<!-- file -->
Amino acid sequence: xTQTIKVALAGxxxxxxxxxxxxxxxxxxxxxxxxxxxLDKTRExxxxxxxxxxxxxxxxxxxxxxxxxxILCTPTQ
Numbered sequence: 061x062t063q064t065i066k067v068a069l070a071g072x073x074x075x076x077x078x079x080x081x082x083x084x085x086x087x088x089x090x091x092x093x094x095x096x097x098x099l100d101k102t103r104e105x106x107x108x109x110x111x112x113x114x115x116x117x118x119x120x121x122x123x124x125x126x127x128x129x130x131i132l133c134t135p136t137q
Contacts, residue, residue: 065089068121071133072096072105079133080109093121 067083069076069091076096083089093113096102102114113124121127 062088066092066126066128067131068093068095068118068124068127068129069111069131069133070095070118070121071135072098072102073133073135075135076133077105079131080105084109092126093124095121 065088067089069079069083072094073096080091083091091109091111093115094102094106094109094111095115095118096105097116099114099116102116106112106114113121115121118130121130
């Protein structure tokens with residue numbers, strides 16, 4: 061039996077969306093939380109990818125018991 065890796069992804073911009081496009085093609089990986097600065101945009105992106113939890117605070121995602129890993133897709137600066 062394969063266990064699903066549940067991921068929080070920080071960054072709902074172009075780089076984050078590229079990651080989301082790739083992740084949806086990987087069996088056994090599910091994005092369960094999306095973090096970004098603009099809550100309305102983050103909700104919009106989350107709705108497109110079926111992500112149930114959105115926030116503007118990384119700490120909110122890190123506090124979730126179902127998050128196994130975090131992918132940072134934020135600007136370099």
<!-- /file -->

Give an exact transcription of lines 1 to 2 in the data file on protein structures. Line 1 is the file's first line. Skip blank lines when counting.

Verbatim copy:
Amino acid sequence: xTQTIKVALAGxxxxxxxxxxxxxxxxxxxxxxxxxxxLDKTRExxxxxxxxxxxxxxxxxxxxxxxxxxILCTPTQ
Numbered sequence: 061x062t063q064t065i066k067v068a069l070a071g072x073x074x075x076x077x078x079x080x081x082x083x084x085x086x087x088x089x090x091x092x093x094x095x096x097x098x099l100d101k102t103r104e105x106x107x108x109x110x111x112x113x114x115x116x117x118x119x120x121x122x123x124x125x126x127x128x129x130x131i132l133c134t135p136t137q